Is there any additional effect of foot core training on dynamic function and balance in women with patellofemoral pain? A randomized controlled study


KISACIK P., BAYRAKCI TUNAY V., BEK N., KARADUMAN A. A.

Sport Sciences for Health, 2023 (ESCI) identifier

  • Publication Type: Article / Article
  • Publication Date: 2023
  • Doi Number: 10.1007/s11332-023-01076-6
  • Journal Name: Sport Sciences for Health
  • Journal Indexes: Emerging Sources Citation Index (ESCI), Scopus, Academic Search Premier, SportDiscus
  • Keywords: Patellofemoral pain, Physical mobility, Postural balance, Short foot exercises, Timed-up Go Test, Y-Balance Test
  • Hacettepe University Affiliated: Yes

Abstract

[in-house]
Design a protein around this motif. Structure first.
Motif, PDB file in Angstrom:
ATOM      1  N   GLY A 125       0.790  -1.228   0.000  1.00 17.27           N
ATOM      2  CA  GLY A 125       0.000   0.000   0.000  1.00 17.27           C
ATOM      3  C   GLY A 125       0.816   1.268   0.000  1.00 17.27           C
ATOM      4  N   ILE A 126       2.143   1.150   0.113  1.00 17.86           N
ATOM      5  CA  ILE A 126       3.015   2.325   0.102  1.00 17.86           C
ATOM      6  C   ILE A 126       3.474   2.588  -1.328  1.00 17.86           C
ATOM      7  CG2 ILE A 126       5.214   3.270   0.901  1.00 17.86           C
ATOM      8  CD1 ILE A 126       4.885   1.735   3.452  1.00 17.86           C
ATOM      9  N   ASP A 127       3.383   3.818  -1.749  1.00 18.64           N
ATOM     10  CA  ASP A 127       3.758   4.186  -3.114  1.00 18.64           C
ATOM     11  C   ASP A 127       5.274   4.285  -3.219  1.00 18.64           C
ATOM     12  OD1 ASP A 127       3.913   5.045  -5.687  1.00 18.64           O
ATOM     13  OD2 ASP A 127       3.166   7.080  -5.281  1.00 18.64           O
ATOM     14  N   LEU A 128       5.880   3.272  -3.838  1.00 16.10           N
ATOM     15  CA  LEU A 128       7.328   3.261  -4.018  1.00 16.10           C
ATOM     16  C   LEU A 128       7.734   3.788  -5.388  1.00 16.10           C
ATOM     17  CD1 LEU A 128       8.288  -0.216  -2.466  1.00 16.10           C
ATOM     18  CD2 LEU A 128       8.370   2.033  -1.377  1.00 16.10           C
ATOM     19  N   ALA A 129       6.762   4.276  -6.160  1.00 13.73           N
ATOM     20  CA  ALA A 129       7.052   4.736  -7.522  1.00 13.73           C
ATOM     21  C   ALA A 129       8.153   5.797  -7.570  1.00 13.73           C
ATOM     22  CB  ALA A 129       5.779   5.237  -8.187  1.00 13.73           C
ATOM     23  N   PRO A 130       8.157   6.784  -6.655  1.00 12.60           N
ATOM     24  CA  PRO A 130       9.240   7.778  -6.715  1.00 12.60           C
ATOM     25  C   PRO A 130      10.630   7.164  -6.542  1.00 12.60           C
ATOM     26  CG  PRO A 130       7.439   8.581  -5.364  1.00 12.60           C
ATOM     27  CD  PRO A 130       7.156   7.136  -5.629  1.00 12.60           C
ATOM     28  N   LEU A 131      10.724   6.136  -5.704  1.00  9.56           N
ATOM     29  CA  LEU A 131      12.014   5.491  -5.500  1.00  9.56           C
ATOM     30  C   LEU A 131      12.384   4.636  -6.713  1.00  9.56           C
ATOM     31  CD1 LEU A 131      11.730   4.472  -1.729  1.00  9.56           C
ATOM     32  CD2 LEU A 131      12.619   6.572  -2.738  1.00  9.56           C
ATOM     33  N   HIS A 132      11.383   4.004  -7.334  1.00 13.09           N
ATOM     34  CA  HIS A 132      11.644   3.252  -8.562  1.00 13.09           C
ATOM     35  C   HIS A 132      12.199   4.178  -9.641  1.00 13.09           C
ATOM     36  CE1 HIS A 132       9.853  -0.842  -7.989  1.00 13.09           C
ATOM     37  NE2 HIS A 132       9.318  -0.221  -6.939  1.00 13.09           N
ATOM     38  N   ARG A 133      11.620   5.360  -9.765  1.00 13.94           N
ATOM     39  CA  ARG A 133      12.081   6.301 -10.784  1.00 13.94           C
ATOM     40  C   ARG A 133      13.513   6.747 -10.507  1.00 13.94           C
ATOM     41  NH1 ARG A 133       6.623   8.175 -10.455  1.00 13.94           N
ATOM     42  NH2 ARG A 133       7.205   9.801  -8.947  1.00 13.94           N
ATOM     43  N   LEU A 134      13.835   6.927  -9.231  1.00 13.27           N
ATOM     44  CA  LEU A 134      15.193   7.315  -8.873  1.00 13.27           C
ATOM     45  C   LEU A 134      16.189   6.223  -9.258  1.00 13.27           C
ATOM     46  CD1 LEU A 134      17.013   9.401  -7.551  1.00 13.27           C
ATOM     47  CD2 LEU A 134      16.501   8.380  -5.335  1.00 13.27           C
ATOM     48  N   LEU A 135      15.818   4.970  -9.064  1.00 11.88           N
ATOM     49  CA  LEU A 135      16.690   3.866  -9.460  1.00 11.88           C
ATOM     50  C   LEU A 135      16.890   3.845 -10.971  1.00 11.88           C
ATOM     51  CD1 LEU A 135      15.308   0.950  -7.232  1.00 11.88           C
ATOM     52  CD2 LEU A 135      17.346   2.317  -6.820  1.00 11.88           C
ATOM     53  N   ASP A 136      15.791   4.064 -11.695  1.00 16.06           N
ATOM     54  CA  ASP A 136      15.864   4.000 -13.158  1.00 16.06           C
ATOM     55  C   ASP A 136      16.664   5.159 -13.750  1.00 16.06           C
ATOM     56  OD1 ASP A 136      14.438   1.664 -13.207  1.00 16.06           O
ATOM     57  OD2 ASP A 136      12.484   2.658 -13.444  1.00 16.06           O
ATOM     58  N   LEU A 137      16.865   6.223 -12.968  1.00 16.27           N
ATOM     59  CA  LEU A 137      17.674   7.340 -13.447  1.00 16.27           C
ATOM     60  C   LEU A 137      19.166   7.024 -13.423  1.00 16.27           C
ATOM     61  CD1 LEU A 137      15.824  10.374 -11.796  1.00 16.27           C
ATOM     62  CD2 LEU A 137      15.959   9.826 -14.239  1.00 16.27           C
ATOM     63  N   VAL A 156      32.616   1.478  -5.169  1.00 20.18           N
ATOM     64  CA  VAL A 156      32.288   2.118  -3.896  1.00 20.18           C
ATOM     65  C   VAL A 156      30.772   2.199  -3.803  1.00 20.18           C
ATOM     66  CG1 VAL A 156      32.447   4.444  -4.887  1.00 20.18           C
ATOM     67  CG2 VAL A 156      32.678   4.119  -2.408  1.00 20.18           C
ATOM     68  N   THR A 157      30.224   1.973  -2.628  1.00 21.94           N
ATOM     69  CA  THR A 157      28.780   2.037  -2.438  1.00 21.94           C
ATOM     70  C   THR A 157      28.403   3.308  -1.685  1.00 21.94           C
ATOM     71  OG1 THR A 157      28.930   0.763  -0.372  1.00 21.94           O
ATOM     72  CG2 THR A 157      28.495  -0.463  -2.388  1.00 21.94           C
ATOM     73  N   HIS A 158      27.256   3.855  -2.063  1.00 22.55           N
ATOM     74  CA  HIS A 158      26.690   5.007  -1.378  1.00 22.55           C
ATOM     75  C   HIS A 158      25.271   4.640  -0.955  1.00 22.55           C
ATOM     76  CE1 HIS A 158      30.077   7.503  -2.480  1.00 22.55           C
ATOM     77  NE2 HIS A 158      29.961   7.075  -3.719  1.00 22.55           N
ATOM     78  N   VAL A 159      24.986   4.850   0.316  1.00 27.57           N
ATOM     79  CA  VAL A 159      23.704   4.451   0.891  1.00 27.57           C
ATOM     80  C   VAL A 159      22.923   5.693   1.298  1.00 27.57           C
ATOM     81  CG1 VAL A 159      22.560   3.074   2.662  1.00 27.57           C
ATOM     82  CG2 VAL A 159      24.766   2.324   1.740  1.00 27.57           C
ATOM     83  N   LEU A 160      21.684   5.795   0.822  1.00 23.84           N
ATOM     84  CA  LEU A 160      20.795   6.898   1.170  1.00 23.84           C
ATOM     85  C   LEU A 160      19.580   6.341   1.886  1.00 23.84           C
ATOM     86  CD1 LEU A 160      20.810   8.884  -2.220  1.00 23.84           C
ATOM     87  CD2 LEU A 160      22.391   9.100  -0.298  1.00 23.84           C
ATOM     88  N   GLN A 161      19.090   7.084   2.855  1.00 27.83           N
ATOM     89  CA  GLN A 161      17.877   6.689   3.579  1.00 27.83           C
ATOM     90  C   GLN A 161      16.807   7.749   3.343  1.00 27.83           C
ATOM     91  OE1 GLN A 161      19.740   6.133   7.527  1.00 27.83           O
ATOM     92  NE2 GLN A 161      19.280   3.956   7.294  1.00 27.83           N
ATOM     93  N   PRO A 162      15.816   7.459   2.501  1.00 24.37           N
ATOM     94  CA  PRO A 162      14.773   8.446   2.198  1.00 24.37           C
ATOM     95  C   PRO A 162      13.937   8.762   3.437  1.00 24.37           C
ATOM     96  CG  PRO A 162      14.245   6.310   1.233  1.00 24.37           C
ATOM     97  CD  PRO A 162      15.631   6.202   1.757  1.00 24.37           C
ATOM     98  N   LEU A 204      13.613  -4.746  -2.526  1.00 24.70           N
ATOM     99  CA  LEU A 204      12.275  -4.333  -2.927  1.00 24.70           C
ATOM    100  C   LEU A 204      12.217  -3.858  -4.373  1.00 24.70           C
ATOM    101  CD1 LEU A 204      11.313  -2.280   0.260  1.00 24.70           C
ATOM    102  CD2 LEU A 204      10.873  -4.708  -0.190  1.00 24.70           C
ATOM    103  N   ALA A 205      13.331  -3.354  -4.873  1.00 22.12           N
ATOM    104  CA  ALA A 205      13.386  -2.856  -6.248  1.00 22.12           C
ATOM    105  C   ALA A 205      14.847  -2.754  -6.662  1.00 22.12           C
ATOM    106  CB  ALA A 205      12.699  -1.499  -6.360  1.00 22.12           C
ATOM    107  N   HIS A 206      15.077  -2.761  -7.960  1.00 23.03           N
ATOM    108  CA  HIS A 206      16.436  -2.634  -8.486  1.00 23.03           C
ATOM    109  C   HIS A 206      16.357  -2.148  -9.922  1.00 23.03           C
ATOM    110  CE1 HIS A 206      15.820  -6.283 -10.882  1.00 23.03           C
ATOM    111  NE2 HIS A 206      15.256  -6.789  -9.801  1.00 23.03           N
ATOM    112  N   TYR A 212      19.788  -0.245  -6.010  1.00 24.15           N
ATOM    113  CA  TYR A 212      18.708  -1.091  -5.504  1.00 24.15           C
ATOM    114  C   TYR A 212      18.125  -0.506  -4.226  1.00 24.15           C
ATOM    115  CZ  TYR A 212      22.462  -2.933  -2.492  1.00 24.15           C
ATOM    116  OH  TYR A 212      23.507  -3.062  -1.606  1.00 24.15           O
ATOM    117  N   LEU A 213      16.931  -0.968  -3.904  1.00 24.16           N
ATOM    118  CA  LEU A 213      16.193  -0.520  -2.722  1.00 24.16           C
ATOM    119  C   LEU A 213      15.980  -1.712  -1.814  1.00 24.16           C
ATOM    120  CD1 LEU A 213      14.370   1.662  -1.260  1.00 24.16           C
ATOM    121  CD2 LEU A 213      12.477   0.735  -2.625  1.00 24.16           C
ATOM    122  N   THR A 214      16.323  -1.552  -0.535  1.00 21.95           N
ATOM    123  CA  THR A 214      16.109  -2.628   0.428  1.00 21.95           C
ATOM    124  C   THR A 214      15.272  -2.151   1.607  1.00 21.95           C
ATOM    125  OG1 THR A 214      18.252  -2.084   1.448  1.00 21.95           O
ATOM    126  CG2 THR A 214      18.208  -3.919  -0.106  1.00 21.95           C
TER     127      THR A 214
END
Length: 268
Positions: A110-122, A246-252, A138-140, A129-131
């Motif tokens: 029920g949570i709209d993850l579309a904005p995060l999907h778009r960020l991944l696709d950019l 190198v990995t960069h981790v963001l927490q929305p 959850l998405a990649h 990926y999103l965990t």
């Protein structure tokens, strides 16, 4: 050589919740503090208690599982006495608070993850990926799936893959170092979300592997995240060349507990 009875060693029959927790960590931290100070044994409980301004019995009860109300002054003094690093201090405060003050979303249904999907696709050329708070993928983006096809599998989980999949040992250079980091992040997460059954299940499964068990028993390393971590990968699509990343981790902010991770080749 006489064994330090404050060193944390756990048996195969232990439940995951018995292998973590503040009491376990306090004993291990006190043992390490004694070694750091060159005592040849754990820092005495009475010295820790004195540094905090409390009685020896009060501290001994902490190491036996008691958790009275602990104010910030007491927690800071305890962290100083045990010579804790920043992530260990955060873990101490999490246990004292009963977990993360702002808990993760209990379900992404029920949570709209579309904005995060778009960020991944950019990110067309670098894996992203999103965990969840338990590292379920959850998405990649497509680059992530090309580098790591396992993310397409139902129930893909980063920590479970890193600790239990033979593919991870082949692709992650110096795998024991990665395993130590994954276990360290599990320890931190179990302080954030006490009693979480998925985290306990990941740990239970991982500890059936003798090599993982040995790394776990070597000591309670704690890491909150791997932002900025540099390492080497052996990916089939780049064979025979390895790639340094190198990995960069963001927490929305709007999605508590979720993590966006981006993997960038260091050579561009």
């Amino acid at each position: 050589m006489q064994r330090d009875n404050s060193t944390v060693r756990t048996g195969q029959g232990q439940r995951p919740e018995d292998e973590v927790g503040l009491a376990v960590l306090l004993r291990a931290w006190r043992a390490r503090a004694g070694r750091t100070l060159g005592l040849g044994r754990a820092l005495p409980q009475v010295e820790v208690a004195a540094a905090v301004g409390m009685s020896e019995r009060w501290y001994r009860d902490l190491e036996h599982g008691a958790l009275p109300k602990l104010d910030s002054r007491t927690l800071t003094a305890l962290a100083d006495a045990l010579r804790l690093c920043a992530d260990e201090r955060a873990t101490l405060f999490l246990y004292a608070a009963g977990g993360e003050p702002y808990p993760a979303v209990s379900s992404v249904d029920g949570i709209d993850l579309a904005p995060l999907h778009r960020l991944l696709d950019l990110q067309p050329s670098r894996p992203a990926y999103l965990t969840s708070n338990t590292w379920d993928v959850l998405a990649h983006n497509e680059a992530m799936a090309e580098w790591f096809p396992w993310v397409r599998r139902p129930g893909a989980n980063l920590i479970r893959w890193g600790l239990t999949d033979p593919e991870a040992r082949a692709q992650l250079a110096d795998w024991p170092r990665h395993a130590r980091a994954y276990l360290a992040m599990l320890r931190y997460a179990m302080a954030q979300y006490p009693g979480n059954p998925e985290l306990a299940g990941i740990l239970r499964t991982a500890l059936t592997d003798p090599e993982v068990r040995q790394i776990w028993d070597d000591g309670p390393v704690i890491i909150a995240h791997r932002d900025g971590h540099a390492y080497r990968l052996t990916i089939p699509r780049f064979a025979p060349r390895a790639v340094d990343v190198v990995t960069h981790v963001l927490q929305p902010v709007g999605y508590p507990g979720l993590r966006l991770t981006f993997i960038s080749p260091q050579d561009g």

Purpose: The aim of this study was to investigate the effects of foot core training (FCT) on dynamic function and balance, in addition to exercises for strengthening and stretching of hip and knee muscles in females with patellofemoral pain (PFP). Methods: Twenty-eight females with PFP were randomized into foot core training (FCT, n = 13) and standardized exercise groups (EXE, n = 15). The Timed-Up&Go Test (TUG) was used for dynamic function and balance, and Y-Balance Test (YBT) was used for dynamic balance; performed at baseline and after 6 weeks of the exercise program. For the EXE exercise program, routine and widely used exercises for strengthening and stretching of hip and knee muscles were selected. For patients assigned to the FCT, a similar program was performed with the addition of FCT. Physiotherapist-supervised exercise sessions were scheduled 2 times per week for 6 weeks and performed as a home program on the other days of the week. Results: Both groups displayed decreases in TUG scores, whereas YBT scores increased in both groups. No significant group by time interaction and no between-group differences were found (P > 0.05). Conclusion: In conclusion, the results from this study indicate that the dynamic balance impairment is due to not only foot pronation but also the malalignment of knee biomechanics and pain in PFP patients. We believe that there may be a need for a longer training period to achieve improvements in PFP patients. Trail Registration: clinicaltrials.gov NCT03099512.